With mounds of garlic in every dish, this restaurant lives up to its robust reputation. Their towering garlic toast is actually a vertically standing baguette with a heap of roasted garlic smothered on top. Tuck in to some oysters with garlic sauce to turn your date on—and off, at the same time. Garlic clove and chili icons on the menu indicate each dish’s power (the toast clocks in at four cloves). 1-26-12 Ebisu, Shibuya-ku. Tel: 03-3446-5887. Nearest stn: Ebisu.


So nice, they named it twice—and serve it with rice. Specialties include whole roasted cloves of garlic, garlic toast with baked cloves served on a baguette (horizontal, this time), garlic rice and gourmet sautéed garlic mustard pork. 1-26-2 Shoto, Shibuya-ku. Tel: 03-5478-2029. Nearest stn: Shibuya.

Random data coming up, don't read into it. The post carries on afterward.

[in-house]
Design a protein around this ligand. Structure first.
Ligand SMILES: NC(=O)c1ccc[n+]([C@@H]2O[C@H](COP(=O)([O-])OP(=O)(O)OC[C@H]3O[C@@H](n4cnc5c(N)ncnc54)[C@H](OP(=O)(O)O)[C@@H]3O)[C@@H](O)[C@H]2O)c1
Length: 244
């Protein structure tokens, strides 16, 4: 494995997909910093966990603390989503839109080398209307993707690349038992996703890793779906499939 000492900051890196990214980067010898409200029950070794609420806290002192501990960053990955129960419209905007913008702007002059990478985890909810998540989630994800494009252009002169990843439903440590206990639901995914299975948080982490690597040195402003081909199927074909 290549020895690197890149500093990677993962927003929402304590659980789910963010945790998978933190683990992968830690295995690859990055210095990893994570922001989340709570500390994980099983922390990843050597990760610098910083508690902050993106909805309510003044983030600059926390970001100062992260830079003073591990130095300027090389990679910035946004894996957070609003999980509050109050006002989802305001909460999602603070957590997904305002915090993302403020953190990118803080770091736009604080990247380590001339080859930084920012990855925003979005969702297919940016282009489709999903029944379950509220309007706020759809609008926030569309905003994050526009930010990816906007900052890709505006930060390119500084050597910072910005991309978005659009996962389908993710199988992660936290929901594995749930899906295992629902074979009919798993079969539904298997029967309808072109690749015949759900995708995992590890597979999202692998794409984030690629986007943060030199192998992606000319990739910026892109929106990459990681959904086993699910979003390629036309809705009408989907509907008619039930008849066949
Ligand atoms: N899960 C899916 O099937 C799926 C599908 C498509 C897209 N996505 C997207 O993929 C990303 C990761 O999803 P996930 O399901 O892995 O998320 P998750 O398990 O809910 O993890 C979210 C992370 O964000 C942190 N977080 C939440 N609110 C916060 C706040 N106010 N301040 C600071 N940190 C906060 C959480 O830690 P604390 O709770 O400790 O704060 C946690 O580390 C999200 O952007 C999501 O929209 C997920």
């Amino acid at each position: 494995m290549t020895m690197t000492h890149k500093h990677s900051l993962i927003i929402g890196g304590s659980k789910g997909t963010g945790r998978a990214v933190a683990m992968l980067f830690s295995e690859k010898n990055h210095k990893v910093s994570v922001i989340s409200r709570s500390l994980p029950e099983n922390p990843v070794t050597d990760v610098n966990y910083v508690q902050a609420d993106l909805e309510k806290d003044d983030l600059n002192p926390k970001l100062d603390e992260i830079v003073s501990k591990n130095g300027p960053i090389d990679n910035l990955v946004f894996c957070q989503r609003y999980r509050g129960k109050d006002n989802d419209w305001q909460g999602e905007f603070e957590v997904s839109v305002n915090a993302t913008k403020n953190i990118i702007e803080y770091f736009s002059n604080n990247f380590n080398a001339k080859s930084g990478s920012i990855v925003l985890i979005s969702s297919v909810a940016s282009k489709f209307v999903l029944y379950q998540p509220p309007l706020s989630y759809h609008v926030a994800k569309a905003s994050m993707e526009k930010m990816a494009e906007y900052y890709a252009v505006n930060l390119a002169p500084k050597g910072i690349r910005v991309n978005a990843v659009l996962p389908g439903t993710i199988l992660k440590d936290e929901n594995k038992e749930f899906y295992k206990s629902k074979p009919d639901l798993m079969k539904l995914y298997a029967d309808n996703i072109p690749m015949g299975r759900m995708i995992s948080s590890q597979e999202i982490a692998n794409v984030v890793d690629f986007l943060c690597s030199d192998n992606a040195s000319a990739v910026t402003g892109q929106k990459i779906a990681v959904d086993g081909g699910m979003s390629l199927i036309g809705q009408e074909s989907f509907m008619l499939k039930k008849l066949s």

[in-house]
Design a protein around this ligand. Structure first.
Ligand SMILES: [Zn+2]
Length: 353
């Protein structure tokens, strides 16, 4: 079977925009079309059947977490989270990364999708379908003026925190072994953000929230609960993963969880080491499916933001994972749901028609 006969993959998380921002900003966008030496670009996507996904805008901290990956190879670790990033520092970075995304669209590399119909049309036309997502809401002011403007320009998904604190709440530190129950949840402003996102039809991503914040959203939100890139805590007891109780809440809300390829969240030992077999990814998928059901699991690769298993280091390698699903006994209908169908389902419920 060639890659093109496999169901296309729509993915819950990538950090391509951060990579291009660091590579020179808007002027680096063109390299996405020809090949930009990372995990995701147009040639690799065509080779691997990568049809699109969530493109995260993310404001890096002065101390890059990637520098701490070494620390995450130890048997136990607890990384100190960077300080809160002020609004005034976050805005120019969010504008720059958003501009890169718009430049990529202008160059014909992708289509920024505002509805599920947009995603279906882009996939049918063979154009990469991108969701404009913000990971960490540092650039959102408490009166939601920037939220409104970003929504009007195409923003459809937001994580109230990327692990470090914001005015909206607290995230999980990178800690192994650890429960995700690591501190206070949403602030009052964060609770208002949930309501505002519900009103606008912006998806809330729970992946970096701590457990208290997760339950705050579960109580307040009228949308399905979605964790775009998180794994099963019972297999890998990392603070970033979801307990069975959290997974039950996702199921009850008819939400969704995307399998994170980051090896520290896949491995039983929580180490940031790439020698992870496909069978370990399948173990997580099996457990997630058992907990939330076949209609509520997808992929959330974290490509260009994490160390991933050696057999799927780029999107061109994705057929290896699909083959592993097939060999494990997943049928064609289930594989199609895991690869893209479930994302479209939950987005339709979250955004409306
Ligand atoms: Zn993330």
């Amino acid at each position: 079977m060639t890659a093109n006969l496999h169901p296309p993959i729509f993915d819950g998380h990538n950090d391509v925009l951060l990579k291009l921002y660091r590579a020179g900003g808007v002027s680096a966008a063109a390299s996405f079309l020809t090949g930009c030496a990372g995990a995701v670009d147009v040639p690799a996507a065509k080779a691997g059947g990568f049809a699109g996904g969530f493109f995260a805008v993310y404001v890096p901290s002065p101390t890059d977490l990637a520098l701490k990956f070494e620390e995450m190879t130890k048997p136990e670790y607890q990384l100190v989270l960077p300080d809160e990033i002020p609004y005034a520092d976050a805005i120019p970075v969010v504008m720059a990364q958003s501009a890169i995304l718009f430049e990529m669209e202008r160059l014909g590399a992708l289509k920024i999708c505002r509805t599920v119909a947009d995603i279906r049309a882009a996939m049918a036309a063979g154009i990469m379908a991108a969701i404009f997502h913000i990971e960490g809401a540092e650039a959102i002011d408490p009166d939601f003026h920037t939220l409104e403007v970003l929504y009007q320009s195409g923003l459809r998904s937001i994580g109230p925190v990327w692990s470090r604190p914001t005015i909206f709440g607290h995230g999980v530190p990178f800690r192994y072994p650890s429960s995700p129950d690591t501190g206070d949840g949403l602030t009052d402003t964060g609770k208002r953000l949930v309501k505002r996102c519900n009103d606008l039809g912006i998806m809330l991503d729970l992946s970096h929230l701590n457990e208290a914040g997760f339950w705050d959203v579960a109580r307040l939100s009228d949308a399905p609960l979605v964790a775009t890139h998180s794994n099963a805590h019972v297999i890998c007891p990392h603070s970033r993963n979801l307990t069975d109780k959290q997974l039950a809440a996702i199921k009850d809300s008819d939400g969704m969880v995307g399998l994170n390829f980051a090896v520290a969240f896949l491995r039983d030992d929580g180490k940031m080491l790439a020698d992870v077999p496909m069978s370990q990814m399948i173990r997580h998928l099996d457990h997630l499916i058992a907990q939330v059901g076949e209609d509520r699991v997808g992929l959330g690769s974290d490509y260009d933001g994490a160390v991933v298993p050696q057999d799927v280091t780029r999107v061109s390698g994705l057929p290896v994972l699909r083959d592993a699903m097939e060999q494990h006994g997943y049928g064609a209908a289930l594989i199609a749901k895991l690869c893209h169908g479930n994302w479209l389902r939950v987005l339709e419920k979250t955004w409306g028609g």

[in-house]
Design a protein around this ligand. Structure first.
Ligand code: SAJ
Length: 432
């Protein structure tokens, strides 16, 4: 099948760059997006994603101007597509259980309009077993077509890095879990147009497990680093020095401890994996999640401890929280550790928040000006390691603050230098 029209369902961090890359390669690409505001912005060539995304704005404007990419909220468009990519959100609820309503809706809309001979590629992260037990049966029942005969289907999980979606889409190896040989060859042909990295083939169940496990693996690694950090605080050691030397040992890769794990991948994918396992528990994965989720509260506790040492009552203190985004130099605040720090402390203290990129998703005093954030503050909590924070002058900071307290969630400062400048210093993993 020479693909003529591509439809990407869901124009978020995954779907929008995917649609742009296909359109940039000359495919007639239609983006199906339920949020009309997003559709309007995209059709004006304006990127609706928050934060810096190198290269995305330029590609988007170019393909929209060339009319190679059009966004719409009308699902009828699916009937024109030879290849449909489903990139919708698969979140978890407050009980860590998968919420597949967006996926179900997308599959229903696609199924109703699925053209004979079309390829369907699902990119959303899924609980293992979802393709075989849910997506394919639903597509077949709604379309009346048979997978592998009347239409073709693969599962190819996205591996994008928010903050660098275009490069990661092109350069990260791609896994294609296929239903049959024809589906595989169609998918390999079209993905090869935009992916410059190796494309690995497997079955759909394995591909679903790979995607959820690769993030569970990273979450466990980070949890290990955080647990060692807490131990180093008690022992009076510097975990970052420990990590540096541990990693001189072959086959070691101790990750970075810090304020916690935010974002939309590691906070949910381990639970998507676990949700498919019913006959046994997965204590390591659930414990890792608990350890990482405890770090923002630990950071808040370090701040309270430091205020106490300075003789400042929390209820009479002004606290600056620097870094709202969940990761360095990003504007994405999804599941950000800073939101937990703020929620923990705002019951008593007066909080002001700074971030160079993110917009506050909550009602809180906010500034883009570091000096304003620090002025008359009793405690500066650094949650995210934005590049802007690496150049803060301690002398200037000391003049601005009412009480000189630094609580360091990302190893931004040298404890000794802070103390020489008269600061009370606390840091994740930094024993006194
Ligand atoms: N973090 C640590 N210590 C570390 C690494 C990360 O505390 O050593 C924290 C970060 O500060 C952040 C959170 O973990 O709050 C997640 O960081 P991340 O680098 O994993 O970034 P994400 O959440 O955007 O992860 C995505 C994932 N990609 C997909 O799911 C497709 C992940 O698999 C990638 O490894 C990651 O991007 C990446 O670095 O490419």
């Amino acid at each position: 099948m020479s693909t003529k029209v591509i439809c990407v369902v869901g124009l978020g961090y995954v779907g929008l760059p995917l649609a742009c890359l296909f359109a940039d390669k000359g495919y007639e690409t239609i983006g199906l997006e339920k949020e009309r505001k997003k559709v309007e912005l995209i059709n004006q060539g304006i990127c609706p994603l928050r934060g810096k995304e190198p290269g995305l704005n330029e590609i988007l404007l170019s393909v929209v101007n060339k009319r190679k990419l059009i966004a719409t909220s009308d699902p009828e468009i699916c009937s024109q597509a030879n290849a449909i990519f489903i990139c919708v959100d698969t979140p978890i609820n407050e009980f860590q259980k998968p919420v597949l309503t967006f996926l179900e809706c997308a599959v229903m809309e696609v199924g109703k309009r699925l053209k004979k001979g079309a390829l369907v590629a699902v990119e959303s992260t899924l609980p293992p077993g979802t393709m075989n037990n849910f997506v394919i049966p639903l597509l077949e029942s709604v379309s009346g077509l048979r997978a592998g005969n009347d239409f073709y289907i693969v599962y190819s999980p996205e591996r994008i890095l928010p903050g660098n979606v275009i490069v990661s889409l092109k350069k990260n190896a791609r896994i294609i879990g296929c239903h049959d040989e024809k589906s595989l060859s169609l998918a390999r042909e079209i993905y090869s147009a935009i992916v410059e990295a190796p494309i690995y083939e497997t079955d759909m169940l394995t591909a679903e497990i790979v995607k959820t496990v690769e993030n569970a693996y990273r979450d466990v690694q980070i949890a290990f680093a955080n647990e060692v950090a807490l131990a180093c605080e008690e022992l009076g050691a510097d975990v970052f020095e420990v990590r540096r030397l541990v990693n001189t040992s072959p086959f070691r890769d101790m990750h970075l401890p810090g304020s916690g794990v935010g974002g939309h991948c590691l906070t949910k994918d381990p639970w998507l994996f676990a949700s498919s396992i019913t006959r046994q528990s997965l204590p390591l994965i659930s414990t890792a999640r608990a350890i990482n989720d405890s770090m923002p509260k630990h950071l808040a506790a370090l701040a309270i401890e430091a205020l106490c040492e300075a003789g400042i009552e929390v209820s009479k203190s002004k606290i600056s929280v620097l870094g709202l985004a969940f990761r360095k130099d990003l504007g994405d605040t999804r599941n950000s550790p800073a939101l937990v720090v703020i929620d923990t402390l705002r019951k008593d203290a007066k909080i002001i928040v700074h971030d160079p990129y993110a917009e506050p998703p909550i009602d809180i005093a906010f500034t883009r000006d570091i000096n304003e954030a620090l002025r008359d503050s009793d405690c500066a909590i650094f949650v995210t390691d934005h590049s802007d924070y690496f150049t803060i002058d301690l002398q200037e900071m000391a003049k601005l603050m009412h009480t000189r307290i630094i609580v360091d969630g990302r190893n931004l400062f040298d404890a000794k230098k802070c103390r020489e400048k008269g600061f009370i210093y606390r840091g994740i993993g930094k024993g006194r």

This popular chain of garlicky restaurants was first opened in Yokohama’s Motomachi area in 1993 and has since spread to 18 other locations across Japan. They offer typically tasty, but not too drastic, ninniku-filled renditions of Western-style dishes like garlic rib-eye steaks, pan-sautéed shrimp in garlic lemon butter sauce, jambalaya rice and garlic pizza. Station Core B1F Queen’s Square, 2-3–8 Minato Mirai, Nishi-ku, Yokohama. Tel: 045-682-2870. Nearest stn: Minato Mirai.


The name is the same, but this version of Ninniku-ya is a chain scattered about the Tokyo department store landscape. Shoo the shopping queues with only a breath after breaking for some garlic ishiyaki bibimbap, hanba-gu with garlic sauce and a garlic-shaped white sesame cake with sorbet to sweeten you up. Various locations: Shinjuku Takashimaya Times Square, Lalaport Tokyo Bay, Mona Shin-Urayasu, Lumine


Mar 3, 2013

Watering Hole

Watering Hole